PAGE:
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Monday, December 14, 2009

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Poll statistics regarding Taiwan's independence vs. unification

Another look at the Global Views survey of October 2009

For several weeks, I have owed my readers the second part of my analysis of the recent Global Views Magazine opinion poll. The poll asked the usual questions about the attitudes of Taiwanese towards "independence versus unification." I've finally gotten around to putting this analysis into a presentable format.

At the bottom of the poll is a description of the methods used [sic throughout]:
This survey was conducted by GVSRC from 6.20 p.m. to 10.00 p.m. from Oct. 14-16, 2009. It was conducted with random-digit-dial sampling and computer-assisted telephone interviewing methods. 1006 Taiwanese people who are 20 or older completed the interview. One can say with 95% confidence level that the theoretical margin of sampling error is ±3.1%. Gender, living areas, ages, educational level and other features of the interviewees have undergone weighting procedure and test of the sample's representativeness in the survey results. The funding of the survey came from the Global Views Monthly.
I wasn't sure if each person interviewed had gone through the whole set of questions, or only a portion of the questions. If each person had completed the entire questionnaire via telephone interview (which seemed to be the case), I wondered why there were some inconsistent outcomes within their own survey.

I don't want to blame the pollster for this or to suspect data manipulation right away because sometimes people are tired of answering the questions at the end of a telephone interview, and they may provide inconsistent answers. However, from my experience, I can conclude that the survey gave inconsistent results -- assuming there was no data and/or sampling manipulation at all such as removing samples which gave unfavorable results or including additional samples (from the original randomly selected samples) which gave favorable results.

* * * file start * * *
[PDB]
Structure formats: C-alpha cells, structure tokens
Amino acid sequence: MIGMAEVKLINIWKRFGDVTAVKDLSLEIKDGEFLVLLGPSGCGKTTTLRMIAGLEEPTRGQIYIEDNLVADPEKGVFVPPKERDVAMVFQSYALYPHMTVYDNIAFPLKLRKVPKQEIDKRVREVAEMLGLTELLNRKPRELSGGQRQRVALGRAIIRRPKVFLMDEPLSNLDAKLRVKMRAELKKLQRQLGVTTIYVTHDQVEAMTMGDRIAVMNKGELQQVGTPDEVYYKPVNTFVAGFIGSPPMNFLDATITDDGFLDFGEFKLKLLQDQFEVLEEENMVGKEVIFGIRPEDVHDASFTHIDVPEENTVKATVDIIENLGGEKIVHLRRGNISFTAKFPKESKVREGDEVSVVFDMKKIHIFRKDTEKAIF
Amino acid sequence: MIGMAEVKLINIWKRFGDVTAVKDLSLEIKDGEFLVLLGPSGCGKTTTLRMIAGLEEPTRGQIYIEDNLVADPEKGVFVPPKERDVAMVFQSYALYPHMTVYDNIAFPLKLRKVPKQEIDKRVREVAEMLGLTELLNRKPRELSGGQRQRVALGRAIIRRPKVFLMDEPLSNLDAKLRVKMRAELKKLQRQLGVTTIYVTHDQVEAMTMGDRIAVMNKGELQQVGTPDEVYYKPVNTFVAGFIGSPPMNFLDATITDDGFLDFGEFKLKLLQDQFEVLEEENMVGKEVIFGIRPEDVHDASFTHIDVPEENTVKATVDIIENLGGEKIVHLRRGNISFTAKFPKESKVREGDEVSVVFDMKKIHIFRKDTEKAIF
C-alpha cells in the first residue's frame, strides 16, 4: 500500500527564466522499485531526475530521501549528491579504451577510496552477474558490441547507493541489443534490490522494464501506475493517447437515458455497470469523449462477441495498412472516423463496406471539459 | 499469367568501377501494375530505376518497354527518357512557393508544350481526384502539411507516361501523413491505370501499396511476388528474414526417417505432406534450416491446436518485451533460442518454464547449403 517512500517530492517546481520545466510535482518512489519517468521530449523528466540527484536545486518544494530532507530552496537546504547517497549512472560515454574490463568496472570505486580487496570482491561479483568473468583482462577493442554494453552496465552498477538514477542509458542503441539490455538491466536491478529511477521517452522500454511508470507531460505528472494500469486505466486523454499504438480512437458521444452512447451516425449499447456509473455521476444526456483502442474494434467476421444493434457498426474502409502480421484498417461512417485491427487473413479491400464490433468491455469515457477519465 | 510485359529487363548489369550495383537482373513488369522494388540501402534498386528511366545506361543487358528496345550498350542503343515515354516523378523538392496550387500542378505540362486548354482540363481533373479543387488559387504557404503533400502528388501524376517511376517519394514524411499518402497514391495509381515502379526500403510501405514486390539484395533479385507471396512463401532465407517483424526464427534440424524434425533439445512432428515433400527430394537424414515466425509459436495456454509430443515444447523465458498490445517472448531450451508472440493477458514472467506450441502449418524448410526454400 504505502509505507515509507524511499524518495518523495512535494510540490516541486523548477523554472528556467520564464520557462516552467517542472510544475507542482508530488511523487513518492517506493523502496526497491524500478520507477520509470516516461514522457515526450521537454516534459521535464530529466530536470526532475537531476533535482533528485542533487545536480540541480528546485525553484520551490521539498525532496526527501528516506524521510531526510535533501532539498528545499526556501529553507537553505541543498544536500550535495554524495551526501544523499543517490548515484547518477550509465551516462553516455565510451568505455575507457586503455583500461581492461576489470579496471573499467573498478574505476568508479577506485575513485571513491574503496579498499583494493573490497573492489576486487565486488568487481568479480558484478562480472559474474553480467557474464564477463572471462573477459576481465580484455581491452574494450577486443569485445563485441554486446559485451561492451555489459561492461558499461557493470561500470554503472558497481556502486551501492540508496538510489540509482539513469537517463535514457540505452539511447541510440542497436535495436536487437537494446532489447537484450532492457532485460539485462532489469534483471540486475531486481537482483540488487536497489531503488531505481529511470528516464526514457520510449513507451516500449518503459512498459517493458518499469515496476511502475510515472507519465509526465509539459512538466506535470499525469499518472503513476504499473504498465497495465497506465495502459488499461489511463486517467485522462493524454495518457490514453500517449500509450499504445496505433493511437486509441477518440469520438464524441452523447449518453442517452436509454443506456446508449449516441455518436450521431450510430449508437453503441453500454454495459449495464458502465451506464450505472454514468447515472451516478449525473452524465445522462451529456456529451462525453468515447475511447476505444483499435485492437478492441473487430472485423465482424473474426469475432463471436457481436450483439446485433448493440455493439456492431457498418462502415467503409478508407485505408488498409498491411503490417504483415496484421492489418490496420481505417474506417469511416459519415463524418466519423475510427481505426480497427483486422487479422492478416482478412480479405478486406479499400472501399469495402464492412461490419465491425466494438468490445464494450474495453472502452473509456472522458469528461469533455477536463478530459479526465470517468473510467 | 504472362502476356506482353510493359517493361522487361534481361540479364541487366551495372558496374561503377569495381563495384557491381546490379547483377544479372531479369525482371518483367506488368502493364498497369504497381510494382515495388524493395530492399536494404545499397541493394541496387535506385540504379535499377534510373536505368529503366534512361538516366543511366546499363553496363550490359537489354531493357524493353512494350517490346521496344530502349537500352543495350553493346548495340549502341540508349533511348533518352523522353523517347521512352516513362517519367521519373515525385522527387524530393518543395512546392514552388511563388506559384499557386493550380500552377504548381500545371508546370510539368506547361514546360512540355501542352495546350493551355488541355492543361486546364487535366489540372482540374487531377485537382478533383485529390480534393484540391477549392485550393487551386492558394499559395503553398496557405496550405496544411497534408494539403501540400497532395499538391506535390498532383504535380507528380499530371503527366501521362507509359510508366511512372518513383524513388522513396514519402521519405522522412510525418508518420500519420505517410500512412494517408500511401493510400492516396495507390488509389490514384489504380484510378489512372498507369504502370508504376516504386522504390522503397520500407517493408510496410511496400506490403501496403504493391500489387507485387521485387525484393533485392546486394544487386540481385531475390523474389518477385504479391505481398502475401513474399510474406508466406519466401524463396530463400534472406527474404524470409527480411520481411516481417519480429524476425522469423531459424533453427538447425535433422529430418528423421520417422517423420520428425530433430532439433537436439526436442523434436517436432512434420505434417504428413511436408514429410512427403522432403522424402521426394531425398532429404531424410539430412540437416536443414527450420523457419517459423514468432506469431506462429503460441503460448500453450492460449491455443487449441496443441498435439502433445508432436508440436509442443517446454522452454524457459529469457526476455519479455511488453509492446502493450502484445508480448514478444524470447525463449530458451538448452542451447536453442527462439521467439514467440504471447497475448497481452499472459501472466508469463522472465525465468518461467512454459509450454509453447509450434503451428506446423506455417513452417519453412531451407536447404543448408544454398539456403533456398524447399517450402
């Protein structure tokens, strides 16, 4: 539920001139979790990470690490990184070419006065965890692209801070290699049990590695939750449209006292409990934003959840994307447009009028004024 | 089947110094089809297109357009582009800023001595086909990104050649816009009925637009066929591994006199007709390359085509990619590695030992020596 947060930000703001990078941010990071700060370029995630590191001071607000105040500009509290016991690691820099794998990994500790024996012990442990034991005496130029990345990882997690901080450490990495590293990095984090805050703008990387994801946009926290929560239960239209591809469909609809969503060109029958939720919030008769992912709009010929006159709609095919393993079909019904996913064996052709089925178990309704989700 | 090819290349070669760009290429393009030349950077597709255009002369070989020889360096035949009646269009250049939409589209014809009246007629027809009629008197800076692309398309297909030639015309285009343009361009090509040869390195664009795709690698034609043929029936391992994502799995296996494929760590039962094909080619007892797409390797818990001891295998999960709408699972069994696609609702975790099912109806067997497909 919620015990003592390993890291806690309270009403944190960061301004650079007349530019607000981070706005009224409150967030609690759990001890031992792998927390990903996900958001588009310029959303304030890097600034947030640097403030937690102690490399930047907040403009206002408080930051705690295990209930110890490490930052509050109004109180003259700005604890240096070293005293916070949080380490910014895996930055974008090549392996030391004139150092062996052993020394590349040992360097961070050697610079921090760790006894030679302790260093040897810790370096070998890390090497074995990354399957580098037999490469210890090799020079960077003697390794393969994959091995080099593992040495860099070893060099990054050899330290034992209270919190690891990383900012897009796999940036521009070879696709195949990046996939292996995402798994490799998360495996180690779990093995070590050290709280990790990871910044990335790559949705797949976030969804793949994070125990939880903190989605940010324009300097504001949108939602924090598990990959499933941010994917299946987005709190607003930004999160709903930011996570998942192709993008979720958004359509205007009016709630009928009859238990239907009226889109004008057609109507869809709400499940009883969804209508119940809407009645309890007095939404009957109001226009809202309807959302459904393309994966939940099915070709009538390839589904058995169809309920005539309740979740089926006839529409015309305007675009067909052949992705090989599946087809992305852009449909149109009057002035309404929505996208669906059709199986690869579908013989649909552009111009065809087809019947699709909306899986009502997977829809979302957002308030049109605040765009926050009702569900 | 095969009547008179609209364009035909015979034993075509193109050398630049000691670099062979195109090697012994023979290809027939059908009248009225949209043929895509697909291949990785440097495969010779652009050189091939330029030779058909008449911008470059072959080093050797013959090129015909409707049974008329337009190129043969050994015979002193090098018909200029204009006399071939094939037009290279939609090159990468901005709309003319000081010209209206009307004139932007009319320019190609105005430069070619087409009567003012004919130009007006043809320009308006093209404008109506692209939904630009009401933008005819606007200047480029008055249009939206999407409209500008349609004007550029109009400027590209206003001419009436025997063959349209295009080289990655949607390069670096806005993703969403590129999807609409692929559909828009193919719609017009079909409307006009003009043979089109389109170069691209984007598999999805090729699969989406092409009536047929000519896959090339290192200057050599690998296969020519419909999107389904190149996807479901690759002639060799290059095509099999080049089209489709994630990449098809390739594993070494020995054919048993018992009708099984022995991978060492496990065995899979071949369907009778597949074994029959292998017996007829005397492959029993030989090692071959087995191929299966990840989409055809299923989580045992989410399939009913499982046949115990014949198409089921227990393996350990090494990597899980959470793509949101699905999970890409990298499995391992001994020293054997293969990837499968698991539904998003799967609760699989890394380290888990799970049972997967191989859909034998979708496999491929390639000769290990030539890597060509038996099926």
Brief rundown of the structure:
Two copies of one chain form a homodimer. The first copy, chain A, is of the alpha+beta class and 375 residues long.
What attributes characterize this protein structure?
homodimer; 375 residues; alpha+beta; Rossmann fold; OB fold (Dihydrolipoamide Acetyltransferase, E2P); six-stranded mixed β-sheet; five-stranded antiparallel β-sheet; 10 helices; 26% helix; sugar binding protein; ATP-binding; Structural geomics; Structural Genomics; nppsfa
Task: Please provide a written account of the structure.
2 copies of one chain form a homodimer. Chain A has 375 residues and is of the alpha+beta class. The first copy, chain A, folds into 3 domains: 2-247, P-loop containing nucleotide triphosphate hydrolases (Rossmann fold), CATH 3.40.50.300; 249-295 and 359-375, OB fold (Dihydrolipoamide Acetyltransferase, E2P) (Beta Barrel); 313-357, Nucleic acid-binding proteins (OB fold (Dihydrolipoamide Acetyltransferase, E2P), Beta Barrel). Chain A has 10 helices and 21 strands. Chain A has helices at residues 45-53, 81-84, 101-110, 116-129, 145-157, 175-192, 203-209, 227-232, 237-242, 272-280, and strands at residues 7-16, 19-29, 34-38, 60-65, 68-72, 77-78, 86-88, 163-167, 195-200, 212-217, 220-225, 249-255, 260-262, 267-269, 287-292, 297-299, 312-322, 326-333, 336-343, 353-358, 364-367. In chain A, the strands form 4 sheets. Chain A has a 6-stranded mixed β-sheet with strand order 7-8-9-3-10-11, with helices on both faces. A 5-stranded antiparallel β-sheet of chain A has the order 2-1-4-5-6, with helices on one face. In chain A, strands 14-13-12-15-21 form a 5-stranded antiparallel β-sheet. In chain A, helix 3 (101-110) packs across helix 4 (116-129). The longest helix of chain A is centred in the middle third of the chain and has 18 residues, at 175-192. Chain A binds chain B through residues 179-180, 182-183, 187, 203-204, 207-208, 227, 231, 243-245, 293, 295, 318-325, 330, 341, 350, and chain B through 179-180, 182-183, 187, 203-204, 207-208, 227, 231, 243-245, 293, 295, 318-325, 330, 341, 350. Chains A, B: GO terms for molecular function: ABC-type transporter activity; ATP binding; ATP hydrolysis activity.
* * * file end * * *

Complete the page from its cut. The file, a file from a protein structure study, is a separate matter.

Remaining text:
The abbreviations used here will be the same as those in my earlier analysis:

SD: Maintain the status-quo now, decide later
SF: Maintain the status-quo forever
SI: Maintain the status-quo now, declare independence later
SU: Maintain the status-quo now, proceed with unification later
II: Independence immediately (or as soon as possible)
UI: Unification immediately (or as soon as possible)
NA: No answer or don't know
TT: Total percentage who responded

The time when the poll was taken will be denoted with MM/YYYY

M: Mainland [sic] Affairs Council (MAC) statistics
G: Global Views Magazine statistics
AV: Average statistics for the year-to-date

The percentage sign is omitted throughout.

200720082009-AV-M09/2009-M10/2009-G
SD39.9038.75035.2035.440.7
SF19.2523.35027.5028.011.0
SI14.1515.87515.0014.910.3
SU10.708.0508.158.74.3
II8.808.8505.855.019.0
UI2.701.7501.451.74.0
TT 93.789.3

Global Views Magazine conducted an earlier poll in May 2009 (refer to page 5 of the linked PDF file) which tells us:

SD = 44.9%, SF = 11.5%, SI + II (as in that survey it was not distinguished between the two) = 25.4%, and SU + UI = 8.3%, a total response rate of 90.1%.

The first thing I did was to add up the figures to reveal the total percentage of those who responded to find out the percentage who refused to respond or didn't know the answer. In the October 2009 Global Views survey, there was a total of 10.7% who either refused to answer or didn't know the answer, whereas the figure for the MAC survey was 6.3%. Generally speaking, a greater response rate gives more accurate poll results.